Seven years ago this island’s capital city had the distinct honour of being included on the list of UNESCO World Heritage Sites. It is one of only a few in this part of the world, but over the last seven years how much can we truly say has been done to capitalise on the value – monetary and otherwise – that such a designation can bring to our country?
We acknowledge that some effort that has been made to erect signs at strategic points throughout the geographical area that constitutes Historic Bridgetown and its Garrison, which are obviously aimed at providing information for locals and visitors alike about the significance of the area. But are those signs enough and are they eye catching? Perhaps the time is ripe to invest more in this designation, so that we are not just saying to people that ‘Oh by the way we have a UNESCO World Heritage Site’, but that its importance is ingrained in each and every Barbadian so that we are promoting that fact and relating to all visitors to our shores, what gives us the right to be counted among the only 1092 such sites in this world.
Certainly then we cannot allow the capital city to look rundown, and every effort must be made by both the private and public sectors to exploit the commercial value in that designation. There is absolutely no excuse why after seven years, we are not seeing more tours being done of the area, and this UNESCO designation being used to help push Barbados as a premier destination to visit.
While we commend the work undertaken to beautify Church Street, Constitution River and the Nidhe Israel Synagogue, there is still more to be done. One area we feel that needs urgent attention in the City is housing. It is our belief that as steps are taken to beautify various public areas across the capital city, greater attention must be paid to the housing situation. The suggestion is not that we embark on the design and construction of housing initiatives that will be priced out of the reach of those who currently live there, but that steps are taken to introduce various types of housing in and around the city that make it a more desirable place to live, work and socialise.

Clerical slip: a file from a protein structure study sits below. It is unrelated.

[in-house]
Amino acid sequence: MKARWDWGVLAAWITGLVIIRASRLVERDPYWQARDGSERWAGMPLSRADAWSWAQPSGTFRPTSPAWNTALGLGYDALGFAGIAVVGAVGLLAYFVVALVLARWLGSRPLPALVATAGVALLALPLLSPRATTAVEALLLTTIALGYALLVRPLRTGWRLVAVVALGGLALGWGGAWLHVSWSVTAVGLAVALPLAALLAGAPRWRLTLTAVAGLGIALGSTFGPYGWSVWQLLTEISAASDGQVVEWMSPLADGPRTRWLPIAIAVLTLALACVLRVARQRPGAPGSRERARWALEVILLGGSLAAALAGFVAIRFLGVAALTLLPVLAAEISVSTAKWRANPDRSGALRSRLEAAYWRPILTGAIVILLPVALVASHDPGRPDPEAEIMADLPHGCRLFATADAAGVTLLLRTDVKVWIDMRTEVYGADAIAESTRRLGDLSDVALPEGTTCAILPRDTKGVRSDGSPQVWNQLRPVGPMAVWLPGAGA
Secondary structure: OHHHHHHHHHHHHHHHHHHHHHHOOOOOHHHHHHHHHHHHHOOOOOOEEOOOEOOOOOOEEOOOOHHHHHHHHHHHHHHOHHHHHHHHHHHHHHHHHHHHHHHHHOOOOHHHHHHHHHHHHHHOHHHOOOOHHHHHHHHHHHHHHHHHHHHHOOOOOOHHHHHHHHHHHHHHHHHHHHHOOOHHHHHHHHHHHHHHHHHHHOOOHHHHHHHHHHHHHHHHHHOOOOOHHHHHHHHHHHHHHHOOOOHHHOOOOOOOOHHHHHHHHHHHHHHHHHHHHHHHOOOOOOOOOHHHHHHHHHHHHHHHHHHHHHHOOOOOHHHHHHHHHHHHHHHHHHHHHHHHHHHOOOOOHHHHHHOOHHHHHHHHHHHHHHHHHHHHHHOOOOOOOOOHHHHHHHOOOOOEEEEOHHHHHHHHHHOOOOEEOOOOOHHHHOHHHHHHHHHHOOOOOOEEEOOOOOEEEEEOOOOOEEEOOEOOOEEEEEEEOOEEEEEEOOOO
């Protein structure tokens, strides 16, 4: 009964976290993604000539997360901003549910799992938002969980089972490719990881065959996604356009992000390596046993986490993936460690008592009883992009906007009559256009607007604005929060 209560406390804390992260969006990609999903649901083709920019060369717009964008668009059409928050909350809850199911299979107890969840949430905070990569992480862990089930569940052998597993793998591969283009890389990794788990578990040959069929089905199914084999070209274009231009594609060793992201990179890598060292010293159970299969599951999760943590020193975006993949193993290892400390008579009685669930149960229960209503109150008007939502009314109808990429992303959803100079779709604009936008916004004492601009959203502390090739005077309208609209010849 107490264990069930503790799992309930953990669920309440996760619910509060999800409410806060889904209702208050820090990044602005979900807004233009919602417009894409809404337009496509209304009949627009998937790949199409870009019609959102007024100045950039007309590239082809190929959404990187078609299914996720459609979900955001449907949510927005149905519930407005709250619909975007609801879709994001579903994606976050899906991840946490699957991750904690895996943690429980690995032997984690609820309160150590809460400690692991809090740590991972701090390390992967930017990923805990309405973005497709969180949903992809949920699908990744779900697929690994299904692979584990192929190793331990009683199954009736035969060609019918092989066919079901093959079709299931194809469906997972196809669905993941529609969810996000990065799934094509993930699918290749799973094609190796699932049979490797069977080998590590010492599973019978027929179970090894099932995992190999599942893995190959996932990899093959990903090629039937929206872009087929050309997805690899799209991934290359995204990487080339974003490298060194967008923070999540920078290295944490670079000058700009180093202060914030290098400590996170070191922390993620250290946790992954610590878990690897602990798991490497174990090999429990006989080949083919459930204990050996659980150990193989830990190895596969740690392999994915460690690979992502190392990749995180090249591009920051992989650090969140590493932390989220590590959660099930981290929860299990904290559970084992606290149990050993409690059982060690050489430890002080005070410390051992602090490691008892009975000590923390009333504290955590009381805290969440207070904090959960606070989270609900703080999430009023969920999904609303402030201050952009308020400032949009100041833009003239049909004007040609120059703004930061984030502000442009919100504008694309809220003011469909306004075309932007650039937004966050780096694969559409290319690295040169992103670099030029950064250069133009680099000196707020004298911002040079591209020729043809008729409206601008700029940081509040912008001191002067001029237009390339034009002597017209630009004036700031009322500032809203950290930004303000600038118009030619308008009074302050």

If we are to be honest with ourselves, we would recognise that Bridgetown is a far cry from urban areas in the developed world. We must face the reality that the cramped living conditions which many people in the City now endure must be addressed, and in doing so we will hopefully deal with the challenge of intergenerational poverty that is seen in some of these neighbourhoods.
But, in addressing that, we cannot ignore that Bridgetown is a UNESCO World Heritage Site. As such, while the construction of residential high rise buildings is an option for Barbadians because of limited space, we cannot go overboard with such in Bridgetown as we risk losing the charm that our City possesses. We would like to see many of the old buildings in and around the City refurbished to provide housing. There are many old buildings that hold much history along the Bay Street corridor for example, and in the arteries that flow from it, that can be refurbished to serve as housing for persons or even as boutique hotels, while keeping the notable architectural design of the City in mind.
On that note, it would be nice going forward if we could see greater night life in the City as well, where restaurants and entertainment bring the place alive, after the regular commercial activity comes to a close. It can and must be done if Barbados is to continue to be a formidable player in the tourism market.